The Red Bastard

This is The Red Bastard, and he is generally found at Fringe festivals in the UK and North America.  Eric Davis describes his character as a “dangerous, seductive, comedy monster.”

Here is a good sample of his show, and you should note how he explicitly says he needs to do something interesting every 10 seconds.  That’s great advice for creating an engaging character.  When you enter a stage looking like he does, you had better keep the energy up.  The audience is probably afraid to look away.


The Red Bastard is a great example of bouffon. From wikipedia:

Bouffon (eng. originally from french: “farceur”, “comique”, jester”) is a modern french theater term that was re-coined in the early 1960s by Jacques Lecoq at his L’École Internationale de Théâtre Jacques Lecoq in Paris to describe a specific style of performance work that has a main focus in the art of mockery.

Vaudevillian and author Trav S.D. has this to say about the Red Bastard:

I would describe Red Bastard as a devilish improvisational clown, who resembles a cross between Lewis Carroll’s pedantic Red Queen and one of the Fruit o’ the Loom guys. To be accurate, the Bastard is not a clown but a Bouffon, a sort of anti-clown whose job may or may not be to amuse, but also to provoke and unsettle.

I have another post that will tell you more about bouffon.  READ IT HERE!

Here is an interview with him about his show.

And if you can’t get enough, here is a video teaser for one of his shows.



More on Bouffon – the anti-clown.


If you have read my post on The Red Bastard, here is further information the clown type known as bouffon.

I had the book “Why is That So Funny” by John Wright, sitting on my shelf for a quite a while, and I picked it up again. Rather than guess where I left off, I just jumped to the last chapter, which happened to be the last of his profiles of clown types. I found it appropriate that the buffoon was the last of the types to be included. The buffoon seems to be the least known and least understood character of the comic archetypes.  A google image search for buffoon/bouffon will largely deliver pictures of jesters and clowns.   The author writes:

The Shorter Oxford Dictionary define buffoon as a “low jester – implying ridicule, contempt or disgust”  We’re dealing with the lowest denominator of physical comedy here that, on the face of it, is socially unacceptable today because we pride ourselves on knowing better, and because we aspire to a diverse society.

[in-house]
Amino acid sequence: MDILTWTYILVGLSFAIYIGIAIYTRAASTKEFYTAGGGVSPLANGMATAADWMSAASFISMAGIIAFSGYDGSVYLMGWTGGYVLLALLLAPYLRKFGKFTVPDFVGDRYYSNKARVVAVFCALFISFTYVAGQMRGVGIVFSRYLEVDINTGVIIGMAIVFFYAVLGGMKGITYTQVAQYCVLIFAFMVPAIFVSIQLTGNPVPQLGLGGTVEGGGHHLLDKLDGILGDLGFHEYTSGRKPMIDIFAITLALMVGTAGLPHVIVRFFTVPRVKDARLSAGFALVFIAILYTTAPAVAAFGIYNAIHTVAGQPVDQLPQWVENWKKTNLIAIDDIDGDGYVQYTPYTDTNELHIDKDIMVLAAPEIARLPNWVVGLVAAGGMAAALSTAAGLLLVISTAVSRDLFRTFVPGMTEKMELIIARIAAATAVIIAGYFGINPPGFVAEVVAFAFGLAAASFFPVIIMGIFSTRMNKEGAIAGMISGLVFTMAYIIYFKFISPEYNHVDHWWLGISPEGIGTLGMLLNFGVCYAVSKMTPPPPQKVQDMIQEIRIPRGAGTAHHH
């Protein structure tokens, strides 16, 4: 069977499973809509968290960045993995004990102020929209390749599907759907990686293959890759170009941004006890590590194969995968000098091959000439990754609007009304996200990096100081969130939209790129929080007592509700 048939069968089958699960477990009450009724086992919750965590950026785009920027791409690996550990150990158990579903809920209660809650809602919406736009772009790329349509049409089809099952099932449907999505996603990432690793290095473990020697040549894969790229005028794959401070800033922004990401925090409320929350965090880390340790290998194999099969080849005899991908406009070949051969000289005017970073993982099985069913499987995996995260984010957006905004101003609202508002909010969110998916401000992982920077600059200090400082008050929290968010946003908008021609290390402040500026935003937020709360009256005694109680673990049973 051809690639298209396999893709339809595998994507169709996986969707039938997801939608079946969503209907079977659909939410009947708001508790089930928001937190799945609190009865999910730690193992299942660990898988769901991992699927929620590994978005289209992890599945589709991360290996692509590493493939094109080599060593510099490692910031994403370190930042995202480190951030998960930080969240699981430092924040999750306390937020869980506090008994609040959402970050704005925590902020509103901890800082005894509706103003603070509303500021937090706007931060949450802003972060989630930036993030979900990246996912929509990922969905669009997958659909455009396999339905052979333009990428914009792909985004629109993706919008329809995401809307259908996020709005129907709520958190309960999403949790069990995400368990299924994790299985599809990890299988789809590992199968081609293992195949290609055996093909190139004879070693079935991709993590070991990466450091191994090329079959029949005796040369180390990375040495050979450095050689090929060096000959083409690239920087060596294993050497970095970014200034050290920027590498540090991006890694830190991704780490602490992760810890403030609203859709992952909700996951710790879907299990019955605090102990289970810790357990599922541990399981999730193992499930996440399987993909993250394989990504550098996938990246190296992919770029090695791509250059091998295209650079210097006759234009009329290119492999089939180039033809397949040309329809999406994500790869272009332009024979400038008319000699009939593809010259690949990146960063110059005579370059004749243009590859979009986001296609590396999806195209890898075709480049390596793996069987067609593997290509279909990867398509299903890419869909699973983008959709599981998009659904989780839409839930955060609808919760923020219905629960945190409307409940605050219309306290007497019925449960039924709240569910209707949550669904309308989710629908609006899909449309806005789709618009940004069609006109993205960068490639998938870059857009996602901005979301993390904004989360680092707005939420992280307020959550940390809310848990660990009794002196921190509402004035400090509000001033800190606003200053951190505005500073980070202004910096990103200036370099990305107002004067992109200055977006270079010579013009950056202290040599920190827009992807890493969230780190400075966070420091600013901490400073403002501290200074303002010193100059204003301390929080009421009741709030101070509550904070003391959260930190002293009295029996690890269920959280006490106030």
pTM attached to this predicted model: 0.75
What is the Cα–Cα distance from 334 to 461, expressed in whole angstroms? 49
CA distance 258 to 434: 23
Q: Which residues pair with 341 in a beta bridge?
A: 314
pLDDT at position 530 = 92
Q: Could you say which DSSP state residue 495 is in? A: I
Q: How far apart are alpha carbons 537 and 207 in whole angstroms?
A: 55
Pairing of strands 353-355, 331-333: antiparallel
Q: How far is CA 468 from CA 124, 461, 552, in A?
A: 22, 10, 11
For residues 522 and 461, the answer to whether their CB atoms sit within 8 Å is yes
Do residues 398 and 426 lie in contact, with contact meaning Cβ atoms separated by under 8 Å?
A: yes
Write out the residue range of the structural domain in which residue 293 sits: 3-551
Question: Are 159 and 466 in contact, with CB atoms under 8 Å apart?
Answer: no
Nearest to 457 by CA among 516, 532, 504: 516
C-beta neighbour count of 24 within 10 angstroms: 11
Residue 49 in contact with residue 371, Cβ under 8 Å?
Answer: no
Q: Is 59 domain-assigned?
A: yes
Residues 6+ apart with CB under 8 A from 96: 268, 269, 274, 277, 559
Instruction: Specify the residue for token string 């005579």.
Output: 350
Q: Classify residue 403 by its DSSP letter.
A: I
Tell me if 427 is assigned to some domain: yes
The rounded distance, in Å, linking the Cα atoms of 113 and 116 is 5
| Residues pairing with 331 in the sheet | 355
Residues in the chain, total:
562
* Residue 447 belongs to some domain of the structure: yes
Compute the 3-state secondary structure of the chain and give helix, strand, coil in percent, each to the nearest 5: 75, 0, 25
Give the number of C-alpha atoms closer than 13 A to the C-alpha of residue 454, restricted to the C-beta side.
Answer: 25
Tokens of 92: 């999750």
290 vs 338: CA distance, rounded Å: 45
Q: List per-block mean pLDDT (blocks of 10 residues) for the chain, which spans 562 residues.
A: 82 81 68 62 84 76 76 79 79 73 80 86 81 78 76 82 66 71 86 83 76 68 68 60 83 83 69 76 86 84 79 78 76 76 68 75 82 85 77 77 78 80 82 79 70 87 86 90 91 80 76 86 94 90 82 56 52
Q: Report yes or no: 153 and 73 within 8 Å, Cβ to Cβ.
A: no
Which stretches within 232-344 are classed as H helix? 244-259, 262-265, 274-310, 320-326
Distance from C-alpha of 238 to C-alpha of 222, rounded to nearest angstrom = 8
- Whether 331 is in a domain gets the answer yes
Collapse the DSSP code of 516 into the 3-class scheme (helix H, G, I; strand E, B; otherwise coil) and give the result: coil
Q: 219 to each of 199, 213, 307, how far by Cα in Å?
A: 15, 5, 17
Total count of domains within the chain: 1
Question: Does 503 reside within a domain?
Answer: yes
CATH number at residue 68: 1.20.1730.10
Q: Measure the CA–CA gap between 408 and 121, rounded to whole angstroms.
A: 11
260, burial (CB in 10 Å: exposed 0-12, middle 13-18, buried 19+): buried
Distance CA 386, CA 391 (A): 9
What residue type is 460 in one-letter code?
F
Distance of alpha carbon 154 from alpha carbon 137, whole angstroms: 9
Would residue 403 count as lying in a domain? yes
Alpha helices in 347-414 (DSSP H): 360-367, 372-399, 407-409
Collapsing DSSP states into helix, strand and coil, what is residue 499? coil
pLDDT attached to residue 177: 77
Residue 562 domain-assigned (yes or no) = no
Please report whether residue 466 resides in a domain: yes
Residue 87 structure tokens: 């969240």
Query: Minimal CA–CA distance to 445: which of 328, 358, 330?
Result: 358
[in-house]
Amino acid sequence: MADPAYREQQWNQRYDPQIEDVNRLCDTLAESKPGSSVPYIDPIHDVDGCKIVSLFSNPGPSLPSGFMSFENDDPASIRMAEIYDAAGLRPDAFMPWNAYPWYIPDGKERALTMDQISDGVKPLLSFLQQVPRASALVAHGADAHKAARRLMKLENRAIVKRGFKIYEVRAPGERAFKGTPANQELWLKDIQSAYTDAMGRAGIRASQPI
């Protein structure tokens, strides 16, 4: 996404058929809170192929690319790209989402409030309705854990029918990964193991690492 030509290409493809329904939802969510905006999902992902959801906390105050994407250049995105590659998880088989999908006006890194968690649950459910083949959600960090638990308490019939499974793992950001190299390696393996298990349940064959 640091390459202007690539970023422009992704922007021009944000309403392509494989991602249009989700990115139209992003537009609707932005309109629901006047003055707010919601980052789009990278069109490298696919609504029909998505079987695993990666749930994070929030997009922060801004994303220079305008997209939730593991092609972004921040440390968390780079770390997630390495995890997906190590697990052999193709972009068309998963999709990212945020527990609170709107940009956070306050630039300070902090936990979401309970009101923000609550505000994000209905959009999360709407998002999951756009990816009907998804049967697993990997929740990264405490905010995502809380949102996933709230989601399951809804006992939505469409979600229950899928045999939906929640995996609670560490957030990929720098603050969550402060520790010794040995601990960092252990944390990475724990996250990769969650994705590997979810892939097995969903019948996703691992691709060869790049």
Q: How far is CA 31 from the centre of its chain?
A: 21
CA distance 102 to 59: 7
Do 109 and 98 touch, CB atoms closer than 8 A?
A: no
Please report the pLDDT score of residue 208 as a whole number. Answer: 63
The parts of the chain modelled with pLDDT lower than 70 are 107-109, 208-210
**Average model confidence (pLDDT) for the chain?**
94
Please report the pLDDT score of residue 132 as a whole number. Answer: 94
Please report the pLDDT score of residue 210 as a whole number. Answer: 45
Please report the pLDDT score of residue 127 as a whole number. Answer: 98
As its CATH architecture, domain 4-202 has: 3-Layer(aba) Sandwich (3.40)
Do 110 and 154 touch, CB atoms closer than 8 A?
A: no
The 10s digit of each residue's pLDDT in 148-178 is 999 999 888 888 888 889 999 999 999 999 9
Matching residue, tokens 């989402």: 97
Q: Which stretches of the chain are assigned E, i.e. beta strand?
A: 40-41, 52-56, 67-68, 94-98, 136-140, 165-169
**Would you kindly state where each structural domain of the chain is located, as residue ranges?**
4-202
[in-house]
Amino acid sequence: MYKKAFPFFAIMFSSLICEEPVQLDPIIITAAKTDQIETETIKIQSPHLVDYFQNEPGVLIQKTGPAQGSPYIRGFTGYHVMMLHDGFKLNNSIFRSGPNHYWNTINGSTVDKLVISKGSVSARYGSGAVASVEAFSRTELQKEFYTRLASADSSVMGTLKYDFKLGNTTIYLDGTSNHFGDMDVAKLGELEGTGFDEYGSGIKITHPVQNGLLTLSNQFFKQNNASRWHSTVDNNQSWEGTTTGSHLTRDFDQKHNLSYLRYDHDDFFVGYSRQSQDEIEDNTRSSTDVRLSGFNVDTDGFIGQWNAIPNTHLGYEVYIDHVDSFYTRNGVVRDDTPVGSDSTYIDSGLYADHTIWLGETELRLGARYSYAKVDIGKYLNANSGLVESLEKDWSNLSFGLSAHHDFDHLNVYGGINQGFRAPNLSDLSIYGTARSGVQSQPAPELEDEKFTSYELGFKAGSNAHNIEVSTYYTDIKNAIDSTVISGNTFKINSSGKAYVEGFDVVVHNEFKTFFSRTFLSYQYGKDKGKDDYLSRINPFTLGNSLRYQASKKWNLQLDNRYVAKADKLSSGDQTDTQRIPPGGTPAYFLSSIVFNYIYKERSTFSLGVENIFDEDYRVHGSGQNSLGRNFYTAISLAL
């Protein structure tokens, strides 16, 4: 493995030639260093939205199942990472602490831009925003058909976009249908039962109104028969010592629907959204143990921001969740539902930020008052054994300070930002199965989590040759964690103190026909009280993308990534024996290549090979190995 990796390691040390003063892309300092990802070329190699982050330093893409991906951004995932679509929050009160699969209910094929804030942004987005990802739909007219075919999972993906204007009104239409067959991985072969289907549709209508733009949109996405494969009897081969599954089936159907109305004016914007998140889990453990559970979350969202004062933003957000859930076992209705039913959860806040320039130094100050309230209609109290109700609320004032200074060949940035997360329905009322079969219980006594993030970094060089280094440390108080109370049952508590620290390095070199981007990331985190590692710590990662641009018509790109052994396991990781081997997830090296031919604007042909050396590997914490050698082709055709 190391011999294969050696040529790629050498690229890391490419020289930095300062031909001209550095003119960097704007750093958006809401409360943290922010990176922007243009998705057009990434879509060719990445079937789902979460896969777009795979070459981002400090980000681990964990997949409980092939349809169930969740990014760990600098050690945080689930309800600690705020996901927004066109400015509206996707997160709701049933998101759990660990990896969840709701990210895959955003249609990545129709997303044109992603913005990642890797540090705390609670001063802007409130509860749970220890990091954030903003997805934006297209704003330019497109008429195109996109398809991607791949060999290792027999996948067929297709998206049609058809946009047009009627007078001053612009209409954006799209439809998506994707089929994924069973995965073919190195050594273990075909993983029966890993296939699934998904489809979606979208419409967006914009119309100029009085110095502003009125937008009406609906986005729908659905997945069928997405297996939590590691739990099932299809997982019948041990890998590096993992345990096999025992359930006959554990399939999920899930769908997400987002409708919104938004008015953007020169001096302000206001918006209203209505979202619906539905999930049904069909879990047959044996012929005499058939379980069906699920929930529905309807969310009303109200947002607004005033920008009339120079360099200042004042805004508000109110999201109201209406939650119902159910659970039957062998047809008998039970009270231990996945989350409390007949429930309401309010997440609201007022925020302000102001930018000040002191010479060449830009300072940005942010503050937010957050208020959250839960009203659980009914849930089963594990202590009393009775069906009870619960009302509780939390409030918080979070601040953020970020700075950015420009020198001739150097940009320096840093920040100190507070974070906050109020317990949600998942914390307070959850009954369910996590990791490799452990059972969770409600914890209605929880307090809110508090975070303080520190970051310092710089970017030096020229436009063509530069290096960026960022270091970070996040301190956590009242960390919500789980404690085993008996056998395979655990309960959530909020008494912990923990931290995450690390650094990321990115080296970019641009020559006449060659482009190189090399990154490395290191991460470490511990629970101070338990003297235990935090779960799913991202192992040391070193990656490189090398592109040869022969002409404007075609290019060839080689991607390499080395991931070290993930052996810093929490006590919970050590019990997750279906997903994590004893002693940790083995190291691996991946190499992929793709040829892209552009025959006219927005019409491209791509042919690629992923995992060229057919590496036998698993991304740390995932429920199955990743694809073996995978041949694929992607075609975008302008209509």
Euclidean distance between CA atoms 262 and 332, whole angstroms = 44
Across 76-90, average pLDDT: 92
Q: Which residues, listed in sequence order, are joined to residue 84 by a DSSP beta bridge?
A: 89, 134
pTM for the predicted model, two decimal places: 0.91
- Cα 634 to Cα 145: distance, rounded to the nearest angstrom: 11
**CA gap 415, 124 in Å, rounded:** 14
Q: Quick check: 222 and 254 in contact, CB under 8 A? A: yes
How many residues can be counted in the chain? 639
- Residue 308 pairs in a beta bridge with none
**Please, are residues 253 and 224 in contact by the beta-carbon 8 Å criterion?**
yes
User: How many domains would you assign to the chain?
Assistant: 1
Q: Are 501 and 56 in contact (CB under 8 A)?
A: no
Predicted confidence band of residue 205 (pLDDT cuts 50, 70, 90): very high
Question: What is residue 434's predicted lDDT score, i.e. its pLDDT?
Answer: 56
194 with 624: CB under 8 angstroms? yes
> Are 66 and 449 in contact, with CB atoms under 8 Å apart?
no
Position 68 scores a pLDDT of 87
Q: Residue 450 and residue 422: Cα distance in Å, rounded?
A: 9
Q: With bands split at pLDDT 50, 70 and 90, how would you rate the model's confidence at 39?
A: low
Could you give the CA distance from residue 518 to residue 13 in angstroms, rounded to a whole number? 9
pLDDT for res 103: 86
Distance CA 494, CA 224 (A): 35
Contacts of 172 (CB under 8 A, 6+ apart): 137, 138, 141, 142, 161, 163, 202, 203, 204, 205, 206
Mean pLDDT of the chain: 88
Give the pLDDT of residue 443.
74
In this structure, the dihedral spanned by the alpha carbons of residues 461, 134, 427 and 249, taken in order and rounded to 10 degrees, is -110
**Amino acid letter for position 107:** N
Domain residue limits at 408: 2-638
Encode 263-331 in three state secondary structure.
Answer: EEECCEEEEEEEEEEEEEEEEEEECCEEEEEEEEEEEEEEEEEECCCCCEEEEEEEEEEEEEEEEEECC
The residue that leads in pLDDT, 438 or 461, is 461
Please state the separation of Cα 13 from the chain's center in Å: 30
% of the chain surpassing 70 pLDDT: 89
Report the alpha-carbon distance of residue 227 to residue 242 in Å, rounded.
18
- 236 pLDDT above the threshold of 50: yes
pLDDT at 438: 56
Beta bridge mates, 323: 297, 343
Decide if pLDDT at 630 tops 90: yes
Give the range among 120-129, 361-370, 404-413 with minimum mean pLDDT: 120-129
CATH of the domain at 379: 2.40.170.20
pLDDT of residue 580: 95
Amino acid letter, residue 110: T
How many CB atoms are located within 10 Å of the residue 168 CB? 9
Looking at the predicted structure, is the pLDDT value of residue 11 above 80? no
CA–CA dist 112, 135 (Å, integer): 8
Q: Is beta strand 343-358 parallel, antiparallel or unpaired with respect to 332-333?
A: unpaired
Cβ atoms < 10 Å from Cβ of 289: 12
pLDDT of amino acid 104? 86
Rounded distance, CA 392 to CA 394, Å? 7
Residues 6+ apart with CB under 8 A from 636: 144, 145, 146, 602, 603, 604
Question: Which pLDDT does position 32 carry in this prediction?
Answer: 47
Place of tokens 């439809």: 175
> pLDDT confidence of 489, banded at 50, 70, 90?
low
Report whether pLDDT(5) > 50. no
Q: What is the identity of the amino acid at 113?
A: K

On another site I found this description:

In the world of Bouffon, the audience is the joke. Bouffons show no vulnerability. Their great joy is to parody the audience, its values and flaws. This pack of grotesque outsiders engage the audience with great joy, intelligence & charm. They are disgusting, yet beautiful. They hate you, yet they flatter you. The Bouffons are the ultimate manipulators, a ferocious social satire about to explode, liberating the energy in the room with an immense pleasure to parody and to play.

Jacques Lecoq said:

The audience laughs at the clown and the bouffon laughs at the audience.

Historically speaking, buffoons are the descendant of the famous Punchinello of the Commedia Dell ‘arte.   There is a story of a hunch back who attempts to trick some magical women into removing his hump.  Instead, they curse him with a second hump on his belly.  He becomes Punchinello, the very symbol of grotesque realism.  Back in the middle ages, the misshapen and hideous could occasionally find as entertainers.   Once a year, there would be the “Feast of Fools” when the city would turn the rules topsy-turvy and the village idiot could be crowned King of Fools.  This happened with Quasimodo in The Hunchback of Notre Dame.

The above quote should now makes sense.  We aren’t supposed to laugh at people like that anymore.  It’s cruel.  Which is why we can now create fake grotesquery, and achieve the same effect.  However, it still makes audiences uncomfortable to be around someone who has an appearance like this…

The grotesque appearance puts you so far below “normal” people that they will tolerate behavior they wouldn’t from a peer.  If they are uncomfortable just looking at you, they are likely to let you get away with unusual behavior.

There is an old saying: “Shit rolls downhill” meaning the people at the top will pass the abuse to those below them in the hierarchy.  Once I heard someone else follow that up with  “When it hits the bottom, it flies in all directions.”  This is what the buffoon represents.  They are at the bottom of society, and they have nothing to lose.  It they have the spirit, they can take advantage of peoples fear of them, and get away with mockery that others can’t.

Some time ago I went to see Circus Finelli perform in a tiny theater in San Francisco. One of their skits involved dressing up in fake muscle suits and performing silly “feats of strength” all the while yelling “Mykonos!!!”

I know now this was a sort of Bouffon performance. The costumes severely distort the body, and they behave in an aggressive manner.

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